Radiology unit finally gets permanent status at coastal hospital
Plans to make Cromer Radiology Unit a permanent site in the town have been approved by North Norfolk District Council (NNDC).
The specialised unit, which was previously open under temporary planning permission from NNDC, provides a total of 12,500 patient scans per year.
Last month the hospital, which is run by Norfolk and Norwich University Hospital (NNUH), applied for a full planning application to retain the building after its temporary planning permission lapsed.
A spokesperson from NNUH said: "We welcome this decision, which gives permanent approval and long-term certainty for our busy MRI unit at Cromer Hospital, and enables us to maintain this important service for our patients in north Norfolk."
In the planning report, it said: "Without it [the radiology unit] there would be a significant shortfall in the provision of services provided by the facilities described above and patients would be required to travel to the trust's main site in Colney, Norwich, impacting on the capacity there."
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The temporary planning permission stated that the agreement would expire on June 30, 2015.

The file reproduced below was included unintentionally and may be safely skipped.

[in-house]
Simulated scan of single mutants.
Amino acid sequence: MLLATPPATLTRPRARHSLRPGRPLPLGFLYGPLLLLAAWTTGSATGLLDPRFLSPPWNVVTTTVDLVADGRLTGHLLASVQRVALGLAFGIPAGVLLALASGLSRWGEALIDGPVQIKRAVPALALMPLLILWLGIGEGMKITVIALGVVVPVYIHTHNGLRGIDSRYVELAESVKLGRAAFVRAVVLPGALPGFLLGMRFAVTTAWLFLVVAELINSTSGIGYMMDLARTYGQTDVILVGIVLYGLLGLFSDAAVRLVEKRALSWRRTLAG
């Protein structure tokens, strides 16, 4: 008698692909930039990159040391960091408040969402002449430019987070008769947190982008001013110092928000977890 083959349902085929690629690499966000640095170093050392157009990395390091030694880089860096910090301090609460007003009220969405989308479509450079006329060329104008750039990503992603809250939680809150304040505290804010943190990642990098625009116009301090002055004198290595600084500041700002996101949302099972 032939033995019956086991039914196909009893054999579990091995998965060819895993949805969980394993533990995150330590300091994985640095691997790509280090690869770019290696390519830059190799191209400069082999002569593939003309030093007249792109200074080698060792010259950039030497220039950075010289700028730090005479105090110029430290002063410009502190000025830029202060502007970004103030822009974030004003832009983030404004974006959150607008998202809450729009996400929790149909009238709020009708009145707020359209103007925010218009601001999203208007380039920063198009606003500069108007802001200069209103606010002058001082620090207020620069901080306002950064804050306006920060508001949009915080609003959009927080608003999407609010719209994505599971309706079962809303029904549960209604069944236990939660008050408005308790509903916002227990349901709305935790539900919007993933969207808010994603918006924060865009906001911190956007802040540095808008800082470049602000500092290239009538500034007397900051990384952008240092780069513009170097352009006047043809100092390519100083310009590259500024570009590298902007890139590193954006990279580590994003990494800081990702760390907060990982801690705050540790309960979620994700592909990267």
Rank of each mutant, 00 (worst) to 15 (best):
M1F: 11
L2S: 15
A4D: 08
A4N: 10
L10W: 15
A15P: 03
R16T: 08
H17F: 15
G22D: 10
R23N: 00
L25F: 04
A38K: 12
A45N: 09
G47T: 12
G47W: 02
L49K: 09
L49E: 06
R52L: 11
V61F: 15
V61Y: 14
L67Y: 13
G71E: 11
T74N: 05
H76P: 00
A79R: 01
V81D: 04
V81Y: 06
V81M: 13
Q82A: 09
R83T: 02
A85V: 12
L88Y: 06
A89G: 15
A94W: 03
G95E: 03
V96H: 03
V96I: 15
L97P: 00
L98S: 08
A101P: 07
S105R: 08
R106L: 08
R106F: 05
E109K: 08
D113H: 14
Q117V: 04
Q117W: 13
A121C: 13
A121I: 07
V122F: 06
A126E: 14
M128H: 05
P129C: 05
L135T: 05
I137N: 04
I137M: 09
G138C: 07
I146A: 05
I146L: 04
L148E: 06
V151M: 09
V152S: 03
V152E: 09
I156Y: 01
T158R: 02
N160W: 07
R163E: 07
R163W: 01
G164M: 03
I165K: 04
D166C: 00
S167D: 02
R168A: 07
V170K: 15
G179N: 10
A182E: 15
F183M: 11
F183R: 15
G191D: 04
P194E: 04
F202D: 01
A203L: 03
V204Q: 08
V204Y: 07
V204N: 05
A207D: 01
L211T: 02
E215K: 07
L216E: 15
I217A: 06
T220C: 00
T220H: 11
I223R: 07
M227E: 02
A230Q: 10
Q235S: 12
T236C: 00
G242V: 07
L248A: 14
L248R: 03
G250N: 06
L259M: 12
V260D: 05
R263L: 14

When permission was granted for the unit in 2005, the council stated the reason for the temporary planning permission was "to enable the local planning authority to retain control over the future development of the site".
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The radiology unit was funded by the culmination of a £2.3m project to bring new treatment and diagnostic services to Cromer.
In a planning report submitted to the council, it said: "There will be no impact in retaining the existing radiology department as it is an existing building retained for its current use.
"There will not be in any change in staff, patient or visitor numbers. The seven staff are all full time.
"Parking numbers will remain unchanged and there will be no impact on existing transport arrangements. There are no spaces within the car park specifically allocated for the radiology department."
When the planning application was accepted, the delegated officer report said: "It is recognised that without the unit, is likely that patients would have to travel a far greater distance to another regional hospital in order to access the same services.
"In this respect, it is considered that weight should be applied to the transport sustainability and community benefits of retaining the building and services within."